The RULE statement
The purpose of a rule is to constrain data. Refer to the chapter about rules in the tutorial for examples and a practice-oriented explanation.
A rule statement defines something that should be true. It does not define the enforcement.
<rule>has the following syntax:
RULE <label>? <term> <meaning>* <message>* <violation>?
<label>is optional. It can be a single word or a string (enclosed by double brackets) followed by a colon (
The meaning of a rule can be written in natural language in the Meaning part of the RULE statement. It is a good habit to specify the meaning! The meaning will be printed in the functional specification. The meaning is optional.
<text>part is where the the meaning is written down. It is enclosed by
}and may be spread across multiple lines. If you need specific markup, turn to this page for a full explanation.
Messages may be defined to give feedback whenever the rule is violated. The message is a string. When you run your prototype this is printed in a red box when the rule is violated. You will see the violations by clicking on that message.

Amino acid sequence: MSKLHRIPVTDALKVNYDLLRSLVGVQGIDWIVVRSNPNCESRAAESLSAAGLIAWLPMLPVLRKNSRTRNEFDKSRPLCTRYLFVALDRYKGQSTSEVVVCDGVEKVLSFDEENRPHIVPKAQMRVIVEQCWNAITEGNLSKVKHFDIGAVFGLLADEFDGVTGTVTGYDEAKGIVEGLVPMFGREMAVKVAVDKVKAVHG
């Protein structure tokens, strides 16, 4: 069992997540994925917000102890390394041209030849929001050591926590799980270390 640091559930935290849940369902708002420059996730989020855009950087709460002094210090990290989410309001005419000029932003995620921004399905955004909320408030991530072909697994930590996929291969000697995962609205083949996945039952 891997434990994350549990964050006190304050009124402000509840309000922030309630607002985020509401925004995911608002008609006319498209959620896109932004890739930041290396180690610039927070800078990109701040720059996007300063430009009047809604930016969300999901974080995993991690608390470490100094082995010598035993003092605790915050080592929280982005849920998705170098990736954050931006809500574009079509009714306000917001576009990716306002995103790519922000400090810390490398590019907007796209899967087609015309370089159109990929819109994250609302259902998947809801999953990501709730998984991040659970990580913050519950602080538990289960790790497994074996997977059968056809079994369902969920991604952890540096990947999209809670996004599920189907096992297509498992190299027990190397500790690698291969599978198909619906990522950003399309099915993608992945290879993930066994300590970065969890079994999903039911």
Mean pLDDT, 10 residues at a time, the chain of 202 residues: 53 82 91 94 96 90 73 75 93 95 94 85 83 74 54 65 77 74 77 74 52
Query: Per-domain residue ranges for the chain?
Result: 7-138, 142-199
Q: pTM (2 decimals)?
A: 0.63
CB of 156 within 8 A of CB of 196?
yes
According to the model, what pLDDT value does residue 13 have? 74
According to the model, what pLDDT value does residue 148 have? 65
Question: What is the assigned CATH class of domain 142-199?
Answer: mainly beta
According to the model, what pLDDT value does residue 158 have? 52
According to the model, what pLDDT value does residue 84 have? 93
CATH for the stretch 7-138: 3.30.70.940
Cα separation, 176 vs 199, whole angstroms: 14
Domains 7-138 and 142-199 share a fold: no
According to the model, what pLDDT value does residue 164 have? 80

A violation message can be constructed so that it gives specific information about the violating atoms:
VIOLATION (Segment1,Segment2,... )
Every segment must be of one of the following forms:
A rule is violated by a pair of atoms (source, target). The source atom is the root of the violation message. In the message, the target atoms are printed. With the Identity relation, the root atom itself can be printed. You can use an expression to print other atoms. Below two examples reporting a violation of the rule that each project must have a project leader. The first prints the project's ID, the second the project's name using the relation projectName:
VIOLATION ( TXT "Project ", SRC I, TXT " does not have a projectleader")
VIOLATION ( TXT "Project ", SRC projectName, TXT " does not have a projectleader")
By default, rules are invariant rules. By preceding the rule statement with a role specification for this rule, the rule becomes a process rule.